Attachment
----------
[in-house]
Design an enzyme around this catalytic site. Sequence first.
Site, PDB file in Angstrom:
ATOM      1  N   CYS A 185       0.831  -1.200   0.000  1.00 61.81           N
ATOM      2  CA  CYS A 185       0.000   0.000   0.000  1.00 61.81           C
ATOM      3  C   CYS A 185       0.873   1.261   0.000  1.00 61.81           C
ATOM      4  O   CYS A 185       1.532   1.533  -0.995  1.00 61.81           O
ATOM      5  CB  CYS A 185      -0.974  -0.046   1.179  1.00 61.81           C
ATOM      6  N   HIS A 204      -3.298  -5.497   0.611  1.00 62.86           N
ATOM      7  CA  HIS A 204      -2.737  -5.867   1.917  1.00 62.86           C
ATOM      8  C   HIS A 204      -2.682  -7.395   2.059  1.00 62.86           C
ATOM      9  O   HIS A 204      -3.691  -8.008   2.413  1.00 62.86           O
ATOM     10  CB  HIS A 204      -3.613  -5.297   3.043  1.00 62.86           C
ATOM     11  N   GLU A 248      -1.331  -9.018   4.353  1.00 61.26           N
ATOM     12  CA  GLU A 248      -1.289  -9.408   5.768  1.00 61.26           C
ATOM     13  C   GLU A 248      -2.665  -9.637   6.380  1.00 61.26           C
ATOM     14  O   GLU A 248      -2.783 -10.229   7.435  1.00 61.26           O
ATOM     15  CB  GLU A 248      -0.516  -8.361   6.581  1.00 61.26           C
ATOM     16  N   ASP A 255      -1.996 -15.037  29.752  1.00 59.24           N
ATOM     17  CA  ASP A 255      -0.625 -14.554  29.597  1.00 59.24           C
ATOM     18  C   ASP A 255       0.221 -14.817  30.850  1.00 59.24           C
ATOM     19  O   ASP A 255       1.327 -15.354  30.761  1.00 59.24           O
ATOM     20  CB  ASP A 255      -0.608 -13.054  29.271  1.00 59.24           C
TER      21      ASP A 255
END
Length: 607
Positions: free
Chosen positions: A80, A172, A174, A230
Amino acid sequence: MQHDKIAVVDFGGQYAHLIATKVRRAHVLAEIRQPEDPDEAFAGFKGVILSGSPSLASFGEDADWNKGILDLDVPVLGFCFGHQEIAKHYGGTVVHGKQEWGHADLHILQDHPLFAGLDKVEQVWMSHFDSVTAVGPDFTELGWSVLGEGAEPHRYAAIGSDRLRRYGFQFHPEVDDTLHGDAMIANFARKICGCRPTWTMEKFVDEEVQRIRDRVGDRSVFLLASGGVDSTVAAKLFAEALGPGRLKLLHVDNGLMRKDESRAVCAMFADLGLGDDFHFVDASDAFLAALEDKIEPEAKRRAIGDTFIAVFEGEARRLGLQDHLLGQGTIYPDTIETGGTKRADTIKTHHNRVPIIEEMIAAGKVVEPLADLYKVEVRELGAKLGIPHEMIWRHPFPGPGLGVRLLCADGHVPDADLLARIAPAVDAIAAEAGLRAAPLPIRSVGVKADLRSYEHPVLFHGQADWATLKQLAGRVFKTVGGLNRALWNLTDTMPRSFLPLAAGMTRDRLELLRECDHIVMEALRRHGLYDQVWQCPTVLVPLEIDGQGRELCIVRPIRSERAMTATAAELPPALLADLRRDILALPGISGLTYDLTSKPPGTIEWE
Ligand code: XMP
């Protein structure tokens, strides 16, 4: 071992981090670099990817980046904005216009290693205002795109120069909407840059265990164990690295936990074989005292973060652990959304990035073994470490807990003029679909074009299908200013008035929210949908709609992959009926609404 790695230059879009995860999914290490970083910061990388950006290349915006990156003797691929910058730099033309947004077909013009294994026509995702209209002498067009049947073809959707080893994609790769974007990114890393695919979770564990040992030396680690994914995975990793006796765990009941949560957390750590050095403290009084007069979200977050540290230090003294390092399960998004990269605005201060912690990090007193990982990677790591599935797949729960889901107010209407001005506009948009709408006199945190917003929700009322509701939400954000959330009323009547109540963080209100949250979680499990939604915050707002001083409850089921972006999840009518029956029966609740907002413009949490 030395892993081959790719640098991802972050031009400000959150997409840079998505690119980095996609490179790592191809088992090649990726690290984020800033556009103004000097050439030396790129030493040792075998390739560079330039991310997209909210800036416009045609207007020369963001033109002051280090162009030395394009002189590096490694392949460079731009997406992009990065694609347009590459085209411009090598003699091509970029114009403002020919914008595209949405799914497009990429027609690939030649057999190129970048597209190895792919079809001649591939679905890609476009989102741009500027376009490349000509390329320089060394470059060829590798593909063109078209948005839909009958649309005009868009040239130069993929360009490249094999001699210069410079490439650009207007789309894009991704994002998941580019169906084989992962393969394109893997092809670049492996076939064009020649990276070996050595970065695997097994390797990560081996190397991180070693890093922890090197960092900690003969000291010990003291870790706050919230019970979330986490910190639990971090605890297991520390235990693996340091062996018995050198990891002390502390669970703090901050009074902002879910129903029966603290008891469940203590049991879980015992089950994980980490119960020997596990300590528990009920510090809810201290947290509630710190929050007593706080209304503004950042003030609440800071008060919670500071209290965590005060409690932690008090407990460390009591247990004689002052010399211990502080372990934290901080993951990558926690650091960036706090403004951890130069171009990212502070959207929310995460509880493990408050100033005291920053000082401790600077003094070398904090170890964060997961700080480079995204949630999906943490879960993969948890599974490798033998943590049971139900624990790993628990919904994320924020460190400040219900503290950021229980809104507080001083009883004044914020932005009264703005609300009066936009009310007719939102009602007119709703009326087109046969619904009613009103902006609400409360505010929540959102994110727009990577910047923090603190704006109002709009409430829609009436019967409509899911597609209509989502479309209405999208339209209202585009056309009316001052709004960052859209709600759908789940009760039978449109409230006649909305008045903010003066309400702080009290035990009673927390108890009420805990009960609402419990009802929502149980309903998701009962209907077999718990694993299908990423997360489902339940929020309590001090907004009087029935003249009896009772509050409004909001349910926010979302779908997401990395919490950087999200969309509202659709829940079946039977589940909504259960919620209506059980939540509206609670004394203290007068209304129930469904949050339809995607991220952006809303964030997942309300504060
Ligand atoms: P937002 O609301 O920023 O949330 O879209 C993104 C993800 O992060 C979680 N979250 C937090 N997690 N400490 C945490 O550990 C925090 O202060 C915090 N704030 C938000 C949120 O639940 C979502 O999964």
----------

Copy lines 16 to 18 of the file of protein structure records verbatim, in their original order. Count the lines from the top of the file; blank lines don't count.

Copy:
ATOM     13  C   GLU A 248      -2.665  -9.637   6.380  1.00 61.26           C
ATOM     14  O   GLU A 248      -2.783 -10.229   7.435  1.00 61.26           O
ATOM     15  CB  GLU A 248      -0.516  -8.361   6.581  1.00 61.26           C